From The Galactic Encyclopedia, 3020 edition under the entry titled: “United States Supreme Court: History.”
…reached perhaps the height of its erudition and competence, with the appointment and confirmation of Justice Amy Coney Barrett (see portrait in Volume 4, next to “Dignity, concept”). This golden age, however, would be vanishingly brief, as the election of a Democratic president (whose name is now lost to us), was followed within forty-eight hours by his commitment to one of the early 21stcentury’s primitive asylums for victims of then-incurable age-related mental decline.
The ascension of President Kamala Harris followed. While best known today as the comically unscrupulous and hapless villainess of the musical comedy “Poontroon,” written half a century later, the real-life Harris was a far more ominous figure.
Musical comedy script notwithstanding, there is no evidence that Harris attempted to influence any Supreme Court decisions through clumsy attempts at physical seduction. It seems unlikely indeed, that at the age at which she assumed the presidency, she would have attempted the methods that marked her earlier political career.
Events related later in the show, however, including the “packing” of the Supreme Court, certainly occurred, though without the literal song-and-dance. Harris and her Democratic majority increased the court from nine to 15 justices shortly before the Interregnum.
Those justices who could still be located after the Restoration resumed their seats, and new justices were appointed bringing the total back to 15, but this did not settle the matter of court size. Changes in administration continued to bring about “court packing,” a process that at first was demanded by partisanship, then enshrined as tradition.
Within six administrations, the number of justices had risen to outnumber first the Senate, and within 10 years, the combined houses of Congress. The process of confirmation necessarily was streamlined. Lawyers (the court was then restricted by strong custom to holders of “law degrees”) began to maintain Partisan Credential Files (PCFs) so that their bona fides might be quickly established during their favored party’s majority periods.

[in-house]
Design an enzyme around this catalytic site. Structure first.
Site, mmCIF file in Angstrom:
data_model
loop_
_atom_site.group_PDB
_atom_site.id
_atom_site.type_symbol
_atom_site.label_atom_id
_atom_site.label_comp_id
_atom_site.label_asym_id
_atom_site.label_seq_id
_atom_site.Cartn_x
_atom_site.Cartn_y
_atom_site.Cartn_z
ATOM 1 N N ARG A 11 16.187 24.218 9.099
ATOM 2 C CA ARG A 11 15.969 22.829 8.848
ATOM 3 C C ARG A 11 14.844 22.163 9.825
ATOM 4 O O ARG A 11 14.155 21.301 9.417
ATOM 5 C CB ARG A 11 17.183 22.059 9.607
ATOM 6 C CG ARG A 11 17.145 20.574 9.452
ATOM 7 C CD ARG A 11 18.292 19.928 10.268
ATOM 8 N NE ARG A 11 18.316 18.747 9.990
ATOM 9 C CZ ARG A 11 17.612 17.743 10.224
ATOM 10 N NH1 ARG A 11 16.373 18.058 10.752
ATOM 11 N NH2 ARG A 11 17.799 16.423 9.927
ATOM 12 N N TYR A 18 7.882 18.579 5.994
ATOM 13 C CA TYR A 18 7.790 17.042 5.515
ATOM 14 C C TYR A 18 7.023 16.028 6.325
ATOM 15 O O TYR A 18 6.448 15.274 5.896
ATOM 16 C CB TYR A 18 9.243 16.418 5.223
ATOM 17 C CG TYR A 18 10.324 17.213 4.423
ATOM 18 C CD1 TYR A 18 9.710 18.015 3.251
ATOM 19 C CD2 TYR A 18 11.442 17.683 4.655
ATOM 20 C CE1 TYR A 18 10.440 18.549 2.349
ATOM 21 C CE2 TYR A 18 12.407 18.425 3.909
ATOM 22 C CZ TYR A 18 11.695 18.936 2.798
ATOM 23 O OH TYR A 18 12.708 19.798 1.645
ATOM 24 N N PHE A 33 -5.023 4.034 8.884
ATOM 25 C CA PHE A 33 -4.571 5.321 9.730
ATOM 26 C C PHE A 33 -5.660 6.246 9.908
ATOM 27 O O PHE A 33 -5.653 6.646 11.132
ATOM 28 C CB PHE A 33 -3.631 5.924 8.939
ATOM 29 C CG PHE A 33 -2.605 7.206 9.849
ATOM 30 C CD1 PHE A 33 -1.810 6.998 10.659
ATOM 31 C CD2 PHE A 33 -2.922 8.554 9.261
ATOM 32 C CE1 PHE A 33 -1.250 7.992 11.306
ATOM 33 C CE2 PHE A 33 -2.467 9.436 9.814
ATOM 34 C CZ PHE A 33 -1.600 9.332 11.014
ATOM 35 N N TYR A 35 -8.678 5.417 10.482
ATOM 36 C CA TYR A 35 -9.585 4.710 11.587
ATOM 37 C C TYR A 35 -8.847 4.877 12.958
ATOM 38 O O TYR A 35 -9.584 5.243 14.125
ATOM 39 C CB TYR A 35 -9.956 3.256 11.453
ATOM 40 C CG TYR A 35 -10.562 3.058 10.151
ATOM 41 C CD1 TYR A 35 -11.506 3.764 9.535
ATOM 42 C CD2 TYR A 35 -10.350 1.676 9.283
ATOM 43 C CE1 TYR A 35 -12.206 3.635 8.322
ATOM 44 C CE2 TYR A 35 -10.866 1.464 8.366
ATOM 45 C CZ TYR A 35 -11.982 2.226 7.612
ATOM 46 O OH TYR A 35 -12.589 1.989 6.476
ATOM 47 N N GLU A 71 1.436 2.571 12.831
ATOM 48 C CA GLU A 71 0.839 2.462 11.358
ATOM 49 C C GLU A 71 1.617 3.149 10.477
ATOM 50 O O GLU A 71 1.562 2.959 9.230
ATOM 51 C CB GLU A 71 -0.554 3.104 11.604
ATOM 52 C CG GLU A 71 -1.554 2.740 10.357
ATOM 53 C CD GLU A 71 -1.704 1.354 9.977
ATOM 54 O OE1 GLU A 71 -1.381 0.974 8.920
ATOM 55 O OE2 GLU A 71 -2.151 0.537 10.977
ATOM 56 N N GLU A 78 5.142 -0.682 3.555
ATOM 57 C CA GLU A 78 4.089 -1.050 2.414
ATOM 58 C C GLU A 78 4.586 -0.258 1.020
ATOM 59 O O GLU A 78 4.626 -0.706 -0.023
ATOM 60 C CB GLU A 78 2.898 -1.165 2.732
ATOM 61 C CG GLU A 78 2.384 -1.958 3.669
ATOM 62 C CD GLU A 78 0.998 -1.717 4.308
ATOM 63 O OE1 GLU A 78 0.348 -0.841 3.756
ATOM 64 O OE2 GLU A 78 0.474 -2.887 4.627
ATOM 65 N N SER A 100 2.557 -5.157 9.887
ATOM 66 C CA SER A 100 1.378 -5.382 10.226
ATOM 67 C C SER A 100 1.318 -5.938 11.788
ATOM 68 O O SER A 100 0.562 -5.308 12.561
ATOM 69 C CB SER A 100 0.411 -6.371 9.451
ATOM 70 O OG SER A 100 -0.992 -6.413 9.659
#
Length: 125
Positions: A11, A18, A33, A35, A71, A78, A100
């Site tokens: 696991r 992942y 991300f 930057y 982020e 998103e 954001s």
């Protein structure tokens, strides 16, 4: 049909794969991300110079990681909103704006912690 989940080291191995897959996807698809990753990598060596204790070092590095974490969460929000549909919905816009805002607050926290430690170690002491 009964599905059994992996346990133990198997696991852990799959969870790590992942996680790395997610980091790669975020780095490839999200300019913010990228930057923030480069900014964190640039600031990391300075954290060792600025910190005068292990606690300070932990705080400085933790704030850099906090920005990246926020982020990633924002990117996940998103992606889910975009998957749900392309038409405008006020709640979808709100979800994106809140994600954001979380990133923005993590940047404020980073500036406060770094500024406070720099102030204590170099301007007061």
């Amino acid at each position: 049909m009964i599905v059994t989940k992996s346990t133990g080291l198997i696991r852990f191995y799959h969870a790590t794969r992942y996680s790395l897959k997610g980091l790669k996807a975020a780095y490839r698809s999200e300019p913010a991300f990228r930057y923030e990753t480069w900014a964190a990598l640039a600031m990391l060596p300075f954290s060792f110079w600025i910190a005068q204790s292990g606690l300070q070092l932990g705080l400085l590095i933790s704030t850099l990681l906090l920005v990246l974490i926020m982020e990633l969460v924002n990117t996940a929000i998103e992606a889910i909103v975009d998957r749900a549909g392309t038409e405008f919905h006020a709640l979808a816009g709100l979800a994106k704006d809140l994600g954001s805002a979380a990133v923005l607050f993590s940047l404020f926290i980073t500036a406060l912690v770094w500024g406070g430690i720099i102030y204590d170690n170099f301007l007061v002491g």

Many ambitious lawyers maintained separate PCFs showing supposed commitment to both parties, for use in either situation, leading to much embarrassment in the case of accidental submission of the wrong file. It was one of these occasions which sparked the neo-populist demand for further expansion of the court to include every American citizen holding a law degree.
While this effectively eliminated partisanship, it resulted in startlingly (or, a cynic might say, predictably) incoherent and unjust decisions. Indeed, a number of lawyers submitted written opinions consisting of randomly generated nonsense. When challenged on the practice, their response was that anything other than nonsense would be an unconscionable break with court precedent, an argument which, by then, was difficult to assail.
This, then, was the background to the final court expansion effort, spearheaded by Senator Esmerelda Cruz Trump (known as “Trump The Umpteenth” for her connection to the longstanding politically prominent family).
Believing that moral issues, and the reading of the plain sense of the restored Constitution, should not be the realm of a legal elite, she suggested that every voting citizen be appointed to the court. This controversial step, though obstructed for months by the Neo-Communicrat Coalition, eventually was taken after the Communicrats were granted the right to generate and publish derisive slanders against all nominees (that is, every voting citizen).
This compromise was the root of the modern tradition in which, on his 18th birthday, an American citizen walks through a gauntlet of garishly-costumed celebrants shouting vulgar insults at him, until he picks up the ceremonial gavel and crushes the oddly named ceremonial “pelosi,” a ceramic female troll figurine bearing a quiver full of arrows (but never a bow). (The original significance of the “pelosi” is a matter of much speculation among scholars, and beyond the scope of this article.)